Pros and Cons of Applying Early Decision and Early Action
June 1, 2021
Pros and Cons of Applying Early Decision and Early Action
Whether you’ve got a dream school in mind or you want to get the stressful college application process out of the way as soon as possible, applying early action and early decision are great options for students who feel confident with their application components and are willing to commit to a school. The difference between early action and early decision lies in the nature of the commitment. When you apply early decision, you sign a binding agreement—you’re choosing to commit to the school if you are accepted. Early action on the other hand is non-binding. If you’re not ready to sign the dotted line during the November deadline, a lot of schools—particularly liberal arts colleges - offer a second early decision round in January. There are both pros and cons of applying early decision and early action.
It’ll probably come as no surprise to you that every school has different policies for early applications. Not all colleges and universities offer early action—some have two early decision options, and some offer no early application route at all. It will take some brainstorming and perhaps the drawing of a list of the pros and cons of applying early decision to go over all of the ways this route can benefit you. To help guide you through the different possibilities, I’ve explained the different application routes you can take and outlined the pros and cons of applying early decision or early action to a top college.
Different Application Rounds
Before we can dive into the pros and cons of applying early decision or early action, you should know the difference between the various application routes that you can take when applying to college.
- Early action (EA) - Nonbinding admissions process for students to apply to college earlier than the regular deadline, usually in November of senior year. Students receive admissions notifications in December, and if accepted, are not required to commit. Example schools: University of Chicago, University of Michigan, University of Virginia.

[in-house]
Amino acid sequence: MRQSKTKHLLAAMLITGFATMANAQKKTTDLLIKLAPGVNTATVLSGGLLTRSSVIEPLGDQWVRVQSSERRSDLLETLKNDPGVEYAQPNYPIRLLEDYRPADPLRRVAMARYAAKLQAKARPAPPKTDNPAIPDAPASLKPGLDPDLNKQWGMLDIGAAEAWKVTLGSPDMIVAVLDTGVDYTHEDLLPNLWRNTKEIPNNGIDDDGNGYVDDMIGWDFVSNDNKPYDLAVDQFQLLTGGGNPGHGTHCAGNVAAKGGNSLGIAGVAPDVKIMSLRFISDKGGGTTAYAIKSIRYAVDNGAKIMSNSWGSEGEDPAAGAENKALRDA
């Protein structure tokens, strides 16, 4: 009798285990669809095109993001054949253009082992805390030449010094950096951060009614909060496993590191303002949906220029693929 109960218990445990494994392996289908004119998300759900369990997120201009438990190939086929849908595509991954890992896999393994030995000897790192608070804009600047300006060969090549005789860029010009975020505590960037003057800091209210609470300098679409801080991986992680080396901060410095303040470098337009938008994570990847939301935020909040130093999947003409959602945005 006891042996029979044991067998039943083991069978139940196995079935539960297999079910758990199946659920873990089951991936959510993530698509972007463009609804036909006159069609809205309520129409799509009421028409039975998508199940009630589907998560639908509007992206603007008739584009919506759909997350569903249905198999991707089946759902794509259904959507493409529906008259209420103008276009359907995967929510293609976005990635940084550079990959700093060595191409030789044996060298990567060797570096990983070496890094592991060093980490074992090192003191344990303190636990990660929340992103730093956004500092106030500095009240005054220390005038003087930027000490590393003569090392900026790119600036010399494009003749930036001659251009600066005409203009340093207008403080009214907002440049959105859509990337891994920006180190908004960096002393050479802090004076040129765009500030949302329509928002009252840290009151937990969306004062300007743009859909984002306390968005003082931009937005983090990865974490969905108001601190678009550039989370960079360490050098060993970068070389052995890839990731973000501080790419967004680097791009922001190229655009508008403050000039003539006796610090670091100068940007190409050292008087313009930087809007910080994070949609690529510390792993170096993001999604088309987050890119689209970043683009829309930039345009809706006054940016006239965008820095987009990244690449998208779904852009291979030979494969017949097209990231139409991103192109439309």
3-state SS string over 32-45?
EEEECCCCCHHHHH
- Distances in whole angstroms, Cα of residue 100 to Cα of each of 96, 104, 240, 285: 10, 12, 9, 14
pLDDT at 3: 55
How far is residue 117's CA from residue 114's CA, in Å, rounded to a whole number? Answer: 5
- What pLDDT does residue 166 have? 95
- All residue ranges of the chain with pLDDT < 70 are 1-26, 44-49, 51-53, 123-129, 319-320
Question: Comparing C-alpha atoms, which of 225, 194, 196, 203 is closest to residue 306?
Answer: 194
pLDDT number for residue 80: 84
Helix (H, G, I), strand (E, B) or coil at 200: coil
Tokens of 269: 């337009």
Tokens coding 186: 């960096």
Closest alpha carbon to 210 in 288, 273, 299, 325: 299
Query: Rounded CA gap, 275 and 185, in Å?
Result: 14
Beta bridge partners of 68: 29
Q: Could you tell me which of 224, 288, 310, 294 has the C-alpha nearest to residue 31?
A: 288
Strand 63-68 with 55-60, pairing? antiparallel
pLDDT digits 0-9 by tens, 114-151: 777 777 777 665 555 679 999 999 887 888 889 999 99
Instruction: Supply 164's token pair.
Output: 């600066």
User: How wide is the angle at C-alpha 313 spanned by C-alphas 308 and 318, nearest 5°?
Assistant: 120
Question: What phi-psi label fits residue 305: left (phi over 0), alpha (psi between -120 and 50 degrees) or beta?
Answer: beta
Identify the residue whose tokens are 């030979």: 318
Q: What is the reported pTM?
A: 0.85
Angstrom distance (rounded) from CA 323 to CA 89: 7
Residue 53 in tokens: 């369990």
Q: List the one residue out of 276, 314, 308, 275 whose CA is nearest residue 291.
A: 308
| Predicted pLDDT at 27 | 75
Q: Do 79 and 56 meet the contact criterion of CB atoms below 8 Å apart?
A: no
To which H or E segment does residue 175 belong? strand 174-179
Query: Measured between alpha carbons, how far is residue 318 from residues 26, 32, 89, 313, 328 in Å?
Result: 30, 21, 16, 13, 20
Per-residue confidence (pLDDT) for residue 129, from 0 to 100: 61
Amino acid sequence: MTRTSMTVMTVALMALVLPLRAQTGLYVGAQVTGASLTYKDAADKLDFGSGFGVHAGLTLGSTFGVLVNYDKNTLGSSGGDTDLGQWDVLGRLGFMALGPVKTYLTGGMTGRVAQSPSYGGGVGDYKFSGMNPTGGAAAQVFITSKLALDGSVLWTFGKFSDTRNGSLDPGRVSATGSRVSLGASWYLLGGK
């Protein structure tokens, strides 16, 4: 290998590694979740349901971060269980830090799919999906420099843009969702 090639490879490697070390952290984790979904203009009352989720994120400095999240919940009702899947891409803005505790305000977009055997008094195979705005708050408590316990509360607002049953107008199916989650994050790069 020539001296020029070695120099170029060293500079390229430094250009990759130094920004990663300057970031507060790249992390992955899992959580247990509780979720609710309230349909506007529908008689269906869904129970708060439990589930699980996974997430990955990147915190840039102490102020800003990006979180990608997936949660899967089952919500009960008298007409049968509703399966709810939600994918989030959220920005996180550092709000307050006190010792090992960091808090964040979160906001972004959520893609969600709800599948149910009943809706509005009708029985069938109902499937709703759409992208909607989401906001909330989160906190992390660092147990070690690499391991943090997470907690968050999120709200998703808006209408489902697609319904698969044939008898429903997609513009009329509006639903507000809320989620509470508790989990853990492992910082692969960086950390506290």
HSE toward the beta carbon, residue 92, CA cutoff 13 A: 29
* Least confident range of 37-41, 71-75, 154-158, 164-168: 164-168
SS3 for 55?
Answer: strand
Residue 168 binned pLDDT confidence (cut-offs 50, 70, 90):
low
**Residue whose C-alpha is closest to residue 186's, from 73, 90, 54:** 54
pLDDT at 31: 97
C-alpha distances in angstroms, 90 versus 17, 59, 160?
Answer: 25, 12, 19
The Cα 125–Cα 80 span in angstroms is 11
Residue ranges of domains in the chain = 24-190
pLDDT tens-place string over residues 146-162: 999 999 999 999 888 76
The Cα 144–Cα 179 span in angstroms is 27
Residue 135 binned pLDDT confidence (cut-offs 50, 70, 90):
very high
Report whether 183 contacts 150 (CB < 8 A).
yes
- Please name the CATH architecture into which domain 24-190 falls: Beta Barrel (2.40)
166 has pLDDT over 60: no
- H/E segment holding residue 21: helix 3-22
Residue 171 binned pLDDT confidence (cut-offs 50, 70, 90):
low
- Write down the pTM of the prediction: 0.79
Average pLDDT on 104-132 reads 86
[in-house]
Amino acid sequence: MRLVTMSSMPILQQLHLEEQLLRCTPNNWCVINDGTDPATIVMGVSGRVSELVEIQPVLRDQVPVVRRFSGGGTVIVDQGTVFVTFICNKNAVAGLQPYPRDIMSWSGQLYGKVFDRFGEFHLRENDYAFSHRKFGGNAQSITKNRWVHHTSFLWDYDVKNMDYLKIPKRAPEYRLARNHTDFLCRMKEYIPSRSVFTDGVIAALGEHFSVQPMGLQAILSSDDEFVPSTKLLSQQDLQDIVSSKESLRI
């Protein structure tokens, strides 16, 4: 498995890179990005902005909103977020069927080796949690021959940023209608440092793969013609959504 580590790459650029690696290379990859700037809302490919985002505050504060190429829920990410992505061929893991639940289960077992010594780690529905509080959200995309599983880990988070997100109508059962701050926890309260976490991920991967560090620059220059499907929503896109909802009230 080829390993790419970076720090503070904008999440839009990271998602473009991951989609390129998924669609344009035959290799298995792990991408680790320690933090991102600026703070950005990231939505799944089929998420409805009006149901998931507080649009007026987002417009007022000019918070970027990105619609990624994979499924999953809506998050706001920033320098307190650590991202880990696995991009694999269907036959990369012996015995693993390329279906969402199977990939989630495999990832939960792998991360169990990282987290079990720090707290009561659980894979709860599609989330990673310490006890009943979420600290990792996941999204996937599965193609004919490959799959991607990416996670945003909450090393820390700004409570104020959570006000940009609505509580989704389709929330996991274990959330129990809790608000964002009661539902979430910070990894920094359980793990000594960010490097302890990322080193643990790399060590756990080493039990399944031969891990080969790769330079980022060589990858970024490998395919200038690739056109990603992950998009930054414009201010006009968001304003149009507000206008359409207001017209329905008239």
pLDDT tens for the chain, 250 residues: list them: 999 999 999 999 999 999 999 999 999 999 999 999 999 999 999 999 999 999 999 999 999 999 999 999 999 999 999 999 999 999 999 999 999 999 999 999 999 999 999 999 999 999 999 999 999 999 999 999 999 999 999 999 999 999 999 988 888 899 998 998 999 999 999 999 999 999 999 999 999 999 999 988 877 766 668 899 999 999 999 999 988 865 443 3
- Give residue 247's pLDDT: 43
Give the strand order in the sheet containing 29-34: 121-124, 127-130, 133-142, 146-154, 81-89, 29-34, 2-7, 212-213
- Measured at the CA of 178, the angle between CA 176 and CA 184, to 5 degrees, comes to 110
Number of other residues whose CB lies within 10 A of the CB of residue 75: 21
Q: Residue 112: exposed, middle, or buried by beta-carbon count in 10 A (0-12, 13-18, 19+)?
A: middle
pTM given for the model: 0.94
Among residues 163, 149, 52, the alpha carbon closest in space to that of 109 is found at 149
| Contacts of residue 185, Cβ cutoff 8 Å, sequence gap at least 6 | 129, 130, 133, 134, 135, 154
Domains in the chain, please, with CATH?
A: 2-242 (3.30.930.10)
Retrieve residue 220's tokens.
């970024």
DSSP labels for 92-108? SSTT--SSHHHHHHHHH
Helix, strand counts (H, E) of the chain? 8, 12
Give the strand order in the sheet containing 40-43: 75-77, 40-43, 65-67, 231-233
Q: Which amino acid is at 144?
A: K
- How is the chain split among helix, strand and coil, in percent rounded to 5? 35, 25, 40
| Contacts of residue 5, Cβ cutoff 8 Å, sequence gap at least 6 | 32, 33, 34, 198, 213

- Early decision I (ED I) - Binding admissions process for students to apply to college earlier than the regular deadline, usually in November of senior year. Students receive admissions notifications in December, and if accepted, are required to commit. Example schools: Columbia University, Cornell University, Williams College.
- Early decision II (ED II) - Binding admissions process for students to apply to college closer to the regular deadline in January. Students receive admissions notifications in mid-February, and if accepted, are required to commit. Example schools: University of Chicago, Wellesley College, Colby College.
- Restrictive early action (REA) or single-choice early action - Different schools refer to this policy in different ways. REA/single-choice early action is a process more restrictive than early action but less committal than early decision. Students can apply only to their single-choice EA institution in the early round, with exceptions such as nonbinding applications to public or foreign universities. Students apply in November and are notified in December with no obligation to commit if accepted. Example schools: Harvard University, Yale University, Stanford University.
- Regular Decision - Vast majority of students apply regular decision, usually in January, and are notified in late March or early April. Students have no obligation to commit if accepted. Every college has a regular decision round. The University of California colleges are a good example of schools with only one round, the regular round.
Now that you’ve familiarized yourself with the different application options, let’s dive deeper into the pros and cons of applying early decision and early action to college.
Smaller Pool, Greater Chances
When thinking about the pros and cons of applying early decision or early action, it’s good to start with the numbers. Since you’ll be going up against a smaller application pool no matter which school you apply to in the early round, you have a greater chance of admission into a college, even just statistically speaking. Of course, you need to have excellent grades, test scores, extracurriculars, and essays to compete against the best students across the country. But historically, the acceptance rates at top schools have been significantly higher in the early round than the regular, as shown by the for some top schools below: